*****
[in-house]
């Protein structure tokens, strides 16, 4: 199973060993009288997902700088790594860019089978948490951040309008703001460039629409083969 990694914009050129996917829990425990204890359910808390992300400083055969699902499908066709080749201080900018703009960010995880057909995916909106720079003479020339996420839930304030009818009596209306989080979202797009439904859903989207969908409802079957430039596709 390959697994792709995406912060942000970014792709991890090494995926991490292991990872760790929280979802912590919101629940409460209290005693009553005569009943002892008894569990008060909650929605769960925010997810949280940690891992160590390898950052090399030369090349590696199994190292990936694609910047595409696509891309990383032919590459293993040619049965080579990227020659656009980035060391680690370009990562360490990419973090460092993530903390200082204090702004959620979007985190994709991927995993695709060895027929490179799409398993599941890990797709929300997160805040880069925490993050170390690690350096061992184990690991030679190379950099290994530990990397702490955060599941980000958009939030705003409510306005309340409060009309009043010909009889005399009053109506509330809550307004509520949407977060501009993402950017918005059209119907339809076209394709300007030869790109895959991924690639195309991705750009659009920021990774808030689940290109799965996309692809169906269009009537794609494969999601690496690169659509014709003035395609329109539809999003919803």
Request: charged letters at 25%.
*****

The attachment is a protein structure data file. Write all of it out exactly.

[in-house]
């Protein structure tokens, strides 16, 4: 199973060993009288997902700088790594860019089978948490951040309008703001460039629409083969 990694914009050129996917829990425990204890359910808390992300400083055969699902499908066709080749201080900018703009960010995880057909995916909106720079003479020339996420839930304030009818009596209306989080979202797009439904859903989207969908409802079957430039596709 390959697994792709995406912060942000970014792709991890090494995926991490292991990872760790929280979802912590919101629940409460209290005693009553005569009943002892008894569990008060909650929605769960925010997810949280940690891992160590390898950052090399030369090349590696199994190292990936694609910047595409696509891309990383032919590459293993040619049965080579990227020659656009980035060391680690370009990562360490990419973090460092993530903390200082204090702004959620979007985190994709991927995993695709060895027929490179799409398993599941890990797709929300997160805040880069925490993050170390690690350096061992184990690991030679190379950099290994530990990397702490955060599941980000958009939030705003409510306005309340409060009309009043010909009889005399009053109506509330809550307004509520949407977060501009993402950017918005059209119907339809076209394709300007030869790109895959991924690639195309991705750009659009920021990774808030689940290109799965996309692809169906269009009537794609494969999601690496690169659509014709003035395609329109539809999003919803």
Request: charged letters at 25%.